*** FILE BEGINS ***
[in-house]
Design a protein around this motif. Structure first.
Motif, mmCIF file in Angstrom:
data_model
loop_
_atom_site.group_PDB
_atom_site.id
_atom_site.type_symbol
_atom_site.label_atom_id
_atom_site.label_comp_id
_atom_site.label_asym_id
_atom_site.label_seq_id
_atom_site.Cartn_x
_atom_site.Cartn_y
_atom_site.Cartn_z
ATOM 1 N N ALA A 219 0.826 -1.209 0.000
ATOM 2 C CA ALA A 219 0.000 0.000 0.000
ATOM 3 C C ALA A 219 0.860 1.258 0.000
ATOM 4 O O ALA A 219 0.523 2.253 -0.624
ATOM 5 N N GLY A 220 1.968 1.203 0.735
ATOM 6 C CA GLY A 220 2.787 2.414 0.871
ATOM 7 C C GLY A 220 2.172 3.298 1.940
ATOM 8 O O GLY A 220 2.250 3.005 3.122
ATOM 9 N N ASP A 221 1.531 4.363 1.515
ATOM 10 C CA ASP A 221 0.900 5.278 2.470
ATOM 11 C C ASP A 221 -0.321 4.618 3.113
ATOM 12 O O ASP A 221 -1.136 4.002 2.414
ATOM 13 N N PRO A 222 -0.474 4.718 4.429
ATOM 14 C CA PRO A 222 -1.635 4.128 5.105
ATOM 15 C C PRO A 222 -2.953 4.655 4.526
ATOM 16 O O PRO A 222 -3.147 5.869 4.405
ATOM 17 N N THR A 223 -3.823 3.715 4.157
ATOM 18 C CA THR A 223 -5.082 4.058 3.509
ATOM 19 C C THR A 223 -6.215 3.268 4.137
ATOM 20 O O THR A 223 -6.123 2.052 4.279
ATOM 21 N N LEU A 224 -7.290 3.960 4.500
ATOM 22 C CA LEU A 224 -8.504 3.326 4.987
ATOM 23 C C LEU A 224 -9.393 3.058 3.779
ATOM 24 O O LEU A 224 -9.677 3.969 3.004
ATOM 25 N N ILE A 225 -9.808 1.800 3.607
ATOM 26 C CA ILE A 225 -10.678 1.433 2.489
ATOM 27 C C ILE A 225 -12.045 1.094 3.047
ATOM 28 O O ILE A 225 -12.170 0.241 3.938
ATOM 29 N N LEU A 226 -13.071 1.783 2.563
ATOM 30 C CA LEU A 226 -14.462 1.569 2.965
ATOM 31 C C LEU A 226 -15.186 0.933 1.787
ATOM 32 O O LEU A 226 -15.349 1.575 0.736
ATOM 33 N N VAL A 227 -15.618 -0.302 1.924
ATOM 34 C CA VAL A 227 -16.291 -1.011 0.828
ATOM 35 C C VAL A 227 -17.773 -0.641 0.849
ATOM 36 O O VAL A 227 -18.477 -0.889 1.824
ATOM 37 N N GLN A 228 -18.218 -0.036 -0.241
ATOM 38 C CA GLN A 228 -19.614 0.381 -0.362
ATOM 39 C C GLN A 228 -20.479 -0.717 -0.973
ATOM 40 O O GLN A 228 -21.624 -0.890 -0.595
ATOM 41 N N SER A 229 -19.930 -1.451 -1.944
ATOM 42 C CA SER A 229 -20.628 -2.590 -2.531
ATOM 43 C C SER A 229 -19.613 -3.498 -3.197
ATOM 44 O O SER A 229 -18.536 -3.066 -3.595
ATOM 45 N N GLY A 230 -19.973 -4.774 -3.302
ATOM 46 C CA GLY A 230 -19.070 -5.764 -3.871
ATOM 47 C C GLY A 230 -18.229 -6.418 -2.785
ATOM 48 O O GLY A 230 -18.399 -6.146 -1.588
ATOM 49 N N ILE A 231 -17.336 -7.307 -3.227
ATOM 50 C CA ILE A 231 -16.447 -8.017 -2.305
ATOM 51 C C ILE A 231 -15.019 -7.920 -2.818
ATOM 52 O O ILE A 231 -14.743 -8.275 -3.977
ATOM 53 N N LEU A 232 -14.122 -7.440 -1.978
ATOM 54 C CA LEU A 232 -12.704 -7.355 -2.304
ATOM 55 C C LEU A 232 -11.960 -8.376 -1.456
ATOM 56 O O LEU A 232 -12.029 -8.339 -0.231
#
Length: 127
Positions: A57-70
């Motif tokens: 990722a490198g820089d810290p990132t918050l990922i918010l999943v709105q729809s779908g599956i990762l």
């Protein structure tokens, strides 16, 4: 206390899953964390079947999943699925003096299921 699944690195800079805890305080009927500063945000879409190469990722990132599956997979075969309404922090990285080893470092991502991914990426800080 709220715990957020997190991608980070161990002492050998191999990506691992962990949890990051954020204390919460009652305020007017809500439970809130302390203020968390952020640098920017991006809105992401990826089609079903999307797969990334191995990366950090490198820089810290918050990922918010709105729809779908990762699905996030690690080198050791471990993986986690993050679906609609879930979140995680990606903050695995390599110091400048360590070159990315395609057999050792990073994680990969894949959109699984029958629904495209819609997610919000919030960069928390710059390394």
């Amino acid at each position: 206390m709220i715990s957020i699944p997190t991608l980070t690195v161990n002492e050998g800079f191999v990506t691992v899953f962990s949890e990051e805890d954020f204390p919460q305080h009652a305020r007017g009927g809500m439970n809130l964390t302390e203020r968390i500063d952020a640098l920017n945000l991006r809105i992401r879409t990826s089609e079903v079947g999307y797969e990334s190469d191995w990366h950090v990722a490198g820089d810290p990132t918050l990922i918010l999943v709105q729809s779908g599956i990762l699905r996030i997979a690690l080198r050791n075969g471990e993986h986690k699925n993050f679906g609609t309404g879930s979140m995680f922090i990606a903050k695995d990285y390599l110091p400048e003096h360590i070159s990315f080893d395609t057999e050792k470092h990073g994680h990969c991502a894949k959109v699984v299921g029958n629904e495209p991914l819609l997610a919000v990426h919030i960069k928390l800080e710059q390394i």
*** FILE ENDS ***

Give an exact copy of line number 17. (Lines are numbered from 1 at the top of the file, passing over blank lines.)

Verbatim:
ATOM 2 C CA ALA A 219 0.000 0.000 0.000